Unearthing the Threat: Erosion’s Toll on the Mountainous Areas of Türkiye

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By Dr Tuğba Deniz (İstanbul University – Cerrahpaşa)

Communities in Türkiye’s remote mountainous regions grapple with a myriad of environmental, economic, and social challenges. Among these challenges, erosion stands out as a significant concern. While it initially seems like a purely environmental problem, its long-term ramifications extend to both economic and social spheres. This blog provides and overview of the erosion challenges in Türkiye’s mountainous regions and illustrates how soil erosion and flooding caused by deforestation can be counteracted by public intervention by reference to the “Erosion Control Project” for the Çakıt Stream Watershed in southern Türkiye.

Erosion refers to the abrasion of soil and its movement from one place to another, and it remains a primary cause of soil loss worldwide. Erosion can stem from two primary sources: (1) natural structures such as climate, topography, geological structure, or soil sensitivity,  and (2) social and economic factors which include deforestation, inappropriate or excessive agricultural practices, overgrazing in pastures, and unplanned or irregular rural settlement (Bahtiyar, 2003; Günay, 2008).

As erosion disperses organic matter, it severely diminishes an area’s soil productivity. Soil productivity, defined as the capacity of soil to sustain agricultural crops or other plants and structures using a defined set of management practices, is critical. Erosion not only affects agricultural yield but also poses risks to structures like natural dams. These dams, formed by debris flows, glacial moraines, or volcanic materials, can be weakened by erosion. Over time, erosion can destabilise these dams, leading to potential collapses and resulting in downstream flooding, substantial property damage, and endangering lives.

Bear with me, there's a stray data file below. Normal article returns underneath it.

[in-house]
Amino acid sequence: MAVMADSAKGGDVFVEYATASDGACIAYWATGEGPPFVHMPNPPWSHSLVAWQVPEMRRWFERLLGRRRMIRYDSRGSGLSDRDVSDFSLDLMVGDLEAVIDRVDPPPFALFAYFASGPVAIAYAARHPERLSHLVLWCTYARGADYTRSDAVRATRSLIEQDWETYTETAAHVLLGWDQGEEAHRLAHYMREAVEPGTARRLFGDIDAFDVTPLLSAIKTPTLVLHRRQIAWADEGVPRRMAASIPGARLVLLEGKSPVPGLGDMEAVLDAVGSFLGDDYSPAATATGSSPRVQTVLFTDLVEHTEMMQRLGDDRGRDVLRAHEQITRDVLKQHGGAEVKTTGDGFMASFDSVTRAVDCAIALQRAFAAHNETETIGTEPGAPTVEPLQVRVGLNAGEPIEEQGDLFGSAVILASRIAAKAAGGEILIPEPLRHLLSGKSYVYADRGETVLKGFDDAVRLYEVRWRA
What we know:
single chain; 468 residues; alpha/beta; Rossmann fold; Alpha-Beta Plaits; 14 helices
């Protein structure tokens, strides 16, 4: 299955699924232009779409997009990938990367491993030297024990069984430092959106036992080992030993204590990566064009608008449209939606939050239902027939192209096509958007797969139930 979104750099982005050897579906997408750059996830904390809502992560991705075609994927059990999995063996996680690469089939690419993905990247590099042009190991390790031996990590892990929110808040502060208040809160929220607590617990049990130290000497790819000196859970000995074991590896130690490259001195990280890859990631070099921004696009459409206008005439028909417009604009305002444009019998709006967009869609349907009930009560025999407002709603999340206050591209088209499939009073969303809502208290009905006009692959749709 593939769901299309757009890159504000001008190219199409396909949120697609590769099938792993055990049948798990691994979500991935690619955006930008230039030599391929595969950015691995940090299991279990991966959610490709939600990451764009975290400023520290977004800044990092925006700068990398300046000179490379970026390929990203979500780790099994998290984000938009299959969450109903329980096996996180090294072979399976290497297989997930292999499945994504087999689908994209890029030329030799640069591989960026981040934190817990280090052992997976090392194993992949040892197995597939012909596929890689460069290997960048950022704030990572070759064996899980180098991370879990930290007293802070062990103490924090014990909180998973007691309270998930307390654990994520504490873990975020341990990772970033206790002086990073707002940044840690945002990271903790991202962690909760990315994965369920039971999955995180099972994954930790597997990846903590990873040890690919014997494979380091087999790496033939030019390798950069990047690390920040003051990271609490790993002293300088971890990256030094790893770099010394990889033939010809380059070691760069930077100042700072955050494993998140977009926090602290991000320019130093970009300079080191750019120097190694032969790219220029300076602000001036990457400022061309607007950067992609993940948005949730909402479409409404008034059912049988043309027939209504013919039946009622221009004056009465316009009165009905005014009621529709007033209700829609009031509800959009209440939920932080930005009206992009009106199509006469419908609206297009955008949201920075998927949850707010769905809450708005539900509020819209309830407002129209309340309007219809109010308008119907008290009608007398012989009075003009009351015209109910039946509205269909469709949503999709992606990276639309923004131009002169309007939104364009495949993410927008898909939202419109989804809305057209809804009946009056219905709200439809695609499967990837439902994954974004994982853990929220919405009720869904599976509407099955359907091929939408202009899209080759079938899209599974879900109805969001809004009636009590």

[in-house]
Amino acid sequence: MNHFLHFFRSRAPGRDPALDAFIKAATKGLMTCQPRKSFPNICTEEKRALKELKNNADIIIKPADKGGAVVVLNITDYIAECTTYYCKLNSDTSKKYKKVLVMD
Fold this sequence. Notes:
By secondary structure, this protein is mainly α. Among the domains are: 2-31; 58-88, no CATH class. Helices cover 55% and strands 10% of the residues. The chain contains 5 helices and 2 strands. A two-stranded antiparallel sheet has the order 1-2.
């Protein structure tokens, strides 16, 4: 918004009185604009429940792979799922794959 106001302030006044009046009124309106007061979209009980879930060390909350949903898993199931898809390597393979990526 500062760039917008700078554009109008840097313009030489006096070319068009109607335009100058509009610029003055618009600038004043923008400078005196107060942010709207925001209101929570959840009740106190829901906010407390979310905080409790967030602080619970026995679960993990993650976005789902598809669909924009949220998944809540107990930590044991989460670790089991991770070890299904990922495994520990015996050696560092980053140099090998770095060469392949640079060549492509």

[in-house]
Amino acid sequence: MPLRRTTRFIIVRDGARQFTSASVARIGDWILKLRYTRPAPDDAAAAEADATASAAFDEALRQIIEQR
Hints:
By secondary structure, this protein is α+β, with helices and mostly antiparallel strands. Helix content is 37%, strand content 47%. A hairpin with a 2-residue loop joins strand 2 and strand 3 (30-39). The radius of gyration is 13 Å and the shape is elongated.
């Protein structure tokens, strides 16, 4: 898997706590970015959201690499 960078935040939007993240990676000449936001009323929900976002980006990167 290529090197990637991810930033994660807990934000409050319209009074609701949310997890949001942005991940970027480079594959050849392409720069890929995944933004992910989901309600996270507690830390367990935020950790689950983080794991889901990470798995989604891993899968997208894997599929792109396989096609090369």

Uncovering Erosion in Türkiye

Türkiye’s mountainous geography is a result of its unique geomorphological features, which have given rise to diverse natural environments, notably in terms of plant endemism. Plant endemism refers to the phenomenon by which a particular plant species is native and exclusive to a specific geographic region or habitat. For example, the mountainous ecosystems of Türkiye’s Taurus and Black Sea Mountains are home to diverse vegetation, from forests to meadows and shrubs, all adapted to varying climatic conditions. The Taurus Mountains, in particular, are globally recognised biodiversity hotspots, offering ample opportunities for ecotourism, recreation, and grazing. However, in recent times, there has been growing demand for transhumance and mountain and winter sports. The resulting increase in construction and transportation infrastructure is exerting pressure on these delicate mountain ecosystems (General Directorate of Combating Desertification and Erosion, 2019). For instance, while the Taurus Mountains are susceptible to floods, primarily due to a mix of sudden heavy rainfall and large amounts of snow melt, deforestation remains a major underlying cause.

A view from within the Taurus Mountains, Türkiye (Şafak Omaç, 2022)